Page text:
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The information presented on this page is not meant to take the place of your doctor's instructions. Read this information carefully before you begin using Transderm Scop® (scopolamine) . Ask your doctor or pharmacist if you do not understand any of this information or if you want to know more about Transderm Scop® (scopolamine) .
Transderm Scop® (scopolamine)
Generic Name: scopolamine,pronounced skoe-POL-a-meen Transdermal Therapeutic System
What Is the Transderm Scop® (scopolamine) System?
The Transderm Scop® (scopolamine) system helps to prevent the nausea and vomiting of motion sickness for up to 3 days. It is a round adhesive patch that you place behind your ear several hours before you travel. It also helps to prevent the nausea and vomiting associated with the use of anesthesia and certain analgesics used during or after many types of surgery. If the patch is to be used in conjunction with scheduled surgery, it is applied the evening before surgery. For cesarean section, the patch is applied one hour prior to surgery to minimize exposure of the unborn child to the drug. Wear only one patch at any time.
Important Information When Using Transderm Scop® (scopolamine)
Be sure to wash your hands thoroughly with soap and water immediately after handling the patch, so that any drug that might get on your hands will not come into contact with your eyes.
Avoid drinking alcohol while using Transderm Scop® (scopolamine) . Also, be careful about driving or operating any machinery while using the system because the drug might make you drowsy.
DO NOT USE Transderm Scop® IF YOU ARE ALLERGIC TO SCOPOLAMINE.
Transderm Scop® (scopolamine) SHOULD NOT BE USED IN CHILDREN AND SHOULD BE USED WITH CAUTION IN THE ELDERLY.
How the Transderm Scop® (scopolamine) System Works
A group of nerve fibers deep inside the ear helps people keep their balance. For some people, the motion of ships, airplanes, trains, automobiles, and buses increases the activity of these nerve fibers. This increased activity causes the dizziness, nausea, and vomiting of motion sickness. People may have one, some, or all of these symptoms.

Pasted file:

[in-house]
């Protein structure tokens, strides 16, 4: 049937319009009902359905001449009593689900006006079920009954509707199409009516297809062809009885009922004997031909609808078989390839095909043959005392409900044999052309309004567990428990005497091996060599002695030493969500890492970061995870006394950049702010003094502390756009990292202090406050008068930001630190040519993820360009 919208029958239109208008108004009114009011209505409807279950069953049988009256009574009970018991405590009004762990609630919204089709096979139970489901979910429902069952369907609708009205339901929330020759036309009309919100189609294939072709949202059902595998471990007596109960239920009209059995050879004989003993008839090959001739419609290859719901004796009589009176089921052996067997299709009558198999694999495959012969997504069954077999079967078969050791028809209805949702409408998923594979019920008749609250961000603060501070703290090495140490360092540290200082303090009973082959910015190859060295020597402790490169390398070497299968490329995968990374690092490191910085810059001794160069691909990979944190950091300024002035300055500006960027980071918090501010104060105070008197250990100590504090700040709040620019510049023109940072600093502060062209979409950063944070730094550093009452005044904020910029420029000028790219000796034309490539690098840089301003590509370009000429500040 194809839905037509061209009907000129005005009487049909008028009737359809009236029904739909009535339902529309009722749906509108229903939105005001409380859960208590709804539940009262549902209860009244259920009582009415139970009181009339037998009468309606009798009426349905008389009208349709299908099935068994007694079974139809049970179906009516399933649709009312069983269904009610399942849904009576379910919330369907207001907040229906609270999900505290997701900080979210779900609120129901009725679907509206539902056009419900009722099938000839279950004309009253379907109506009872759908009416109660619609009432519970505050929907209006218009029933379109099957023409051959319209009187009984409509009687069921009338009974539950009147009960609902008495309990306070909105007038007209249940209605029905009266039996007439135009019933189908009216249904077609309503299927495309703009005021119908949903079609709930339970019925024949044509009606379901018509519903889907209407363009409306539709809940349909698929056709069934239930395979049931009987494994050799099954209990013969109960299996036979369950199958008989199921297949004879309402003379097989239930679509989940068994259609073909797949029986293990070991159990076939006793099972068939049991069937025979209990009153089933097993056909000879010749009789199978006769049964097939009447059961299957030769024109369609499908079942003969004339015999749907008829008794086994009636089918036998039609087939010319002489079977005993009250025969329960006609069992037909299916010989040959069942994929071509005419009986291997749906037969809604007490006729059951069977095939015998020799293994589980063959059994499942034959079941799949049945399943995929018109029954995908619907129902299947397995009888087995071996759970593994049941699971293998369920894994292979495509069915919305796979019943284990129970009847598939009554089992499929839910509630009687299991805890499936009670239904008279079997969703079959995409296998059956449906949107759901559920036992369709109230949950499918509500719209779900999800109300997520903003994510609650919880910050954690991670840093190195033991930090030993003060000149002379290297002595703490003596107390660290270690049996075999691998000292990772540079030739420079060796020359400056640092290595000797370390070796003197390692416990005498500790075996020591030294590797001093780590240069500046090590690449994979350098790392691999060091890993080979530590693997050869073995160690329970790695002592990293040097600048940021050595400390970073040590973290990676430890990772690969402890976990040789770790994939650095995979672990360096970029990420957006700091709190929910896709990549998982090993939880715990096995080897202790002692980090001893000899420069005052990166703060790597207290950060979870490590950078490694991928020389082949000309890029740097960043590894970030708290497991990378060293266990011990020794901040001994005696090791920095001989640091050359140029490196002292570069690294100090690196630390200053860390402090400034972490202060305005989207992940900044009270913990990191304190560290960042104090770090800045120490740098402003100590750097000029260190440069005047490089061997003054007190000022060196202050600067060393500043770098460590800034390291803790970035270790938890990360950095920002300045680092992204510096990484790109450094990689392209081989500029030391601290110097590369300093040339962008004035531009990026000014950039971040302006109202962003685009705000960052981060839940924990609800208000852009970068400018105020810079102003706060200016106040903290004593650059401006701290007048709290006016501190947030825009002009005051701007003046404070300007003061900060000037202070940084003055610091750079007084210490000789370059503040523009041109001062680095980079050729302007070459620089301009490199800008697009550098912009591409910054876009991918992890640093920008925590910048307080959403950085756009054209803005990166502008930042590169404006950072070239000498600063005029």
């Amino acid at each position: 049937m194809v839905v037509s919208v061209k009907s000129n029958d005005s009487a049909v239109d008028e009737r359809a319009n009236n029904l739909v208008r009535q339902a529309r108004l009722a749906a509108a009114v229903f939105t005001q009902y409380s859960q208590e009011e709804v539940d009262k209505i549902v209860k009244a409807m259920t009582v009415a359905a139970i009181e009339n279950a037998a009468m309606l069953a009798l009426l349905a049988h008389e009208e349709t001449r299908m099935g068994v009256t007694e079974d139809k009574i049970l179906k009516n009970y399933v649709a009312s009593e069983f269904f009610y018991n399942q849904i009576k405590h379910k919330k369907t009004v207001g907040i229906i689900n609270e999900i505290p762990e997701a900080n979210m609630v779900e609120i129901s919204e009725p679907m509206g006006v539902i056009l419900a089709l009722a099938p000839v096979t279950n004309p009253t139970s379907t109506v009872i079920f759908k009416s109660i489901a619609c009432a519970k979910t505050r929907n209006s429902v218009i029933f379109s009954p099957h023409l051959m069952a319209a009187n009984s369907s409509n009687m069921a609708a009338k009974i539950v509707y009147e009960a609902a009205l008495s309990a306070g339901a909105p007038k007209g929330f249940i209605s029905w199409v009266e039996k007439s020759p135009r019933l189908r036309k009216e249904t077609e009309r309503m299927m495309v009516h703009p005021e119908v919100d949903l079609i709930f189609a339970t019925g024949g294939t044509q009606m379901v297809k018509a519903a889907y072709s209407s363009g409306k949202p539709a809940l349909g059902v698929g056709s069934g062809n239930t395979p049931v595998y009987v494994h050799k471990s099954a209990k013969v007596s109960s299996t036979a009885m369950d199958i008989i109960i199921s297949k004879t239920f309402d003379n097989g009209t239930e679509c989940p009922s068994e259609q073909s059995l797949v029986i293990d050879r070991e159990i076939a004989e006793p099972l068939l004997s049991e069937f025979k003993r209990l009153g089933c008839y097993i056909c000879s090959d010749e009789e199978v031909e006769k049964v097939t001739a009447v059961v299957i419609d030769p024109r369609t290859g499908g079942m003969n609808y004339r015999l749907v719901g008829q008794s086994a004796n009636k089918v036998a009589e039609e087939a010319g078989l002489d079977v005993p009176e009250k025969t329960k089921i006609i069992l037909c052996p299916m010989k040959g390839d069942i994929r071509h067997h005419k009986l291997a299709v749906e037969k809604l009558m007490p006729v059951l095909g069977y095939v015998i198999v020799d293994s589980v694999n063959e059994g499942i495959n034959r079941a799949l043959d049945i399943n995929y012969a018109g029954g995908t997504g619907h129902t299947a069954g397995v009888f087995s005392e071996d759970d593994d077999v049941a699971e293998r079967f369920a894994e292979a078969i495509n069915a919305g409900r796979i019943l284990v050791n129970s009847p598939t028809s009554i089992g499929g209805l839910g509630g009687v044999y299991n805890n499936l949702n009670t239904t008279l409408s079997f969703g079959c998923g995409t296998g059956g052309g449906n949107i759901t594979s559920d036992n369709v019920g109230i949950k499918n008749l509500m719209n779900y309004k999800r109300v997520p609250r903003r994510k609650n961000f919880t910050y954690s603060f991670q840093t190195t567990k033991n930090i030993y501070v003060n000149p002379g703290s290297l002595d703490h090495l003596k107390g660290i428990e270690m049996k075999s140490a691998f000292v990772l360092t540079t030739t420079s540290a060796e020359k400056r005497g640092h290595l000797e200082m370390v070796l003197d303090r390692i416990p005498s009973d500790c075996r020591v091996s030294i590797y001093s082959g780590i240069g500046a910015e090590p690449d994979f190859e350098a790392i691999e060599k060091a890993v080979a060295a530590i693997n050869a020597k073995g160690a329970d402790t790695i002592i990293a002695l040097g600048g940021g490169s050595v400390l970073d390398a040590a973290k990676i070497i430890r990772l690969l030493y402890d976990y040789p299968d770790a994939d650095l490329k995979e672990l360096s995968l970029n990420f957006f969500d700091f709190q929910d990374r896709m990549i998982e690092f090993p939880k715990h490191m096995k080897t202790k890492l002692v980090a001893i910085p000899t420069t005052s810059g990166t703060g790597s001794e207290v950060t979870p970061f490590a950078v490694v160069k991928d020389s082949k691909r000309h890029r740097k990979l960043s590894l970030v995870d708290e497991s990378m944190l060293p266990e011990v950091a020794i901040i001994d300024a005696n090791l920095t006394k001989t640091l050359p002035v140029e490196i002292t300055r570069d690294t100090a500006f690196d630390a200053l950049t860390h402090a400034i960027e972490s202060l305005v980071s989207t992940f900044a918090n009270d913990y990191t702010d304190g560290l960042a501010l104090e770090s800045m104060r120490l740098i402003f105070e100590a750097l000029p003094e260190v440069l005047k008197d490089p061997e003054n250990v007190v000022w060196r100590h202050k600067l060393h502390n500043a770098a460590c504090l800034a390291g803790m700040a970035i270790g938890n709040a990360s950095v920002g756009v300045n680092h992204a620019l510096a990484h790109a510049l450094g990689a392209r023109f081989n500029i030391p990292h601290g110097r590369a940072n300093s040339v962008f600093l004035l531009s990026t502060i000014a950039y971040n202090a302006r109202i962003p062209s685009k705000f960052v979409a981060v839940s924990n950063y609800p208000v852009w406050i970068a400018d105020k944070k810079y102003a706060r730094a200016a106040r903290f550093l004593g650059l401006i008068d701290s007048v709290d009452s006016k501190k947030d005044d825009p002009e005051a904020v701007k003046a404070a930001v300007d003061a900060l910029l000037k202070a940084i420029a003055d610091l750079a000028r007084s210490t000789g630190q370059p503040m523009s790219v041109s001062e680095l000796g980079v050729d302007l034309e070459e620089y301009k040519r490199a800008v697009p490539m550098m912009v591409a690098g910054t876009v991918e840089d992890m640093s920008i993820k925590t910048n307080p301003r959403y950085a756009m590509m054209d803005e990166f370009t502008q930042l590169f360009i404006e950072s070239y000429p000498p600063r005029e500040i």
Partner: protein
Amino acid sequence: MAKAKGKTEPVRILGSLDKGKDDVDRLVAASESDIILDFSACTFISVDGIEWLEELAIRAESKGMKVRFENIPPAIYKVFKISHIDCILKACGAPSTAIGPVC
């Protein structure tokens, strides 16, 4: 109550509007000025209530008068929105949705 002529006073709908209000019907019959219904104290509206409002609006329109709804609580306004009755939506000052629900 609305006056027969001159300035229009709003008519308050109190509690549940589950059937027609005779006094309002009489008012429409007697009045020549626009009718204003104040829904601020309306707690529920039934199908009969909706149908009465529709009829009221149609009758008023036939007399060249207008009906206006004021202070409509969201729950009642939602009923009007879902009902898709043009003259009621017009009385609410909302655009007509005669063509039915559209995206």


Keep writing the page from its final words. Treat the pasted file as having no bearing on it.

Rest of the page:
Transderm Scop® contains the drug scopolamine, which helps reduce the activity of the nerve fibers in the inner ear. When a Transderm Scop® (scopolamine) patch is placed on the skin behind one of the ears, scopolamine passes through the skin and into the bloodstream. One patch may be kept in place for 3 days if needed.
It has been suggested that Transderm Scop® (scopolamine) , when used to reduce nausea and vomiting associated with surgical anesthesia or analgesia, acts on the same nerve fibers that are affected when the product is taken for motion sickness.
Before using Transderm Scop® (scopolamine) , be sure to tell your doctor if you:
- Are pregnant or nursing (or plan to become pregnant)
- Have (or have had) glaucoma (increased pressure in the eyeball) or a predisposition to glaucoma
- Have (or have had) any metabolic, heart, liver, kidney, or other serious medical conditions
- Have any obstruction of the stomach or intestine
- Have any trouble urinating due to prostate enlargement or any bladder obstruction
- Have any allergy or have had a reaction such as a skin rash or redness to any drug, especially scopolamine, or chemical or food substance.
Any of these conditions could make Transderm Scop® (scopolamine) unsuitable for you. Also tell your doctor if you are taking any other medicines.
In the unlikely event that you experience pain in the eye and reddened whites of the eye while wearing the patch, which may be accompanied by widening of the pupil and blurred vision, remove the patch immediately and consult your doctor. As indicated below under Side Effects, widening of the pupils and blurred vision without pain or reddened whites of the eye is usually temporary and not serious.
Transderm Scop® (scopolamine) should not be used in children. The safety of its use in children has not been determined. Children and the elderly may be particularly sensitive to the effects of scopolamine.
The most common side effect experienced by people using Transderm Scop® (scopolamine) is dryness of the mouth. This occurs in about two thirds of the people. A less frequent side effect is drowsiness, which occurs in less than one sixth of the people. Temporary blurring of vision and dilation (widening) of the pupils may occur, especially if the drug is on your hands and comes in contact with the eyes. On infrequent occasions, disorientation, memory disturbances, dizziness, restlessness, hallucinations, confusion, difficulty urinating, skin rashes or redness, temporary changes in heart rate such as palpitations, dry itchy, or reddened whites of the eyes, and eye pain have been reported. If these effects do occur, remove the patch and call your doctor. Since drowsiness, disorientation, and confusion may occur with the use of scopolamine, be careful driving or operating any dangerous machinery, especially when you first start using the drug system.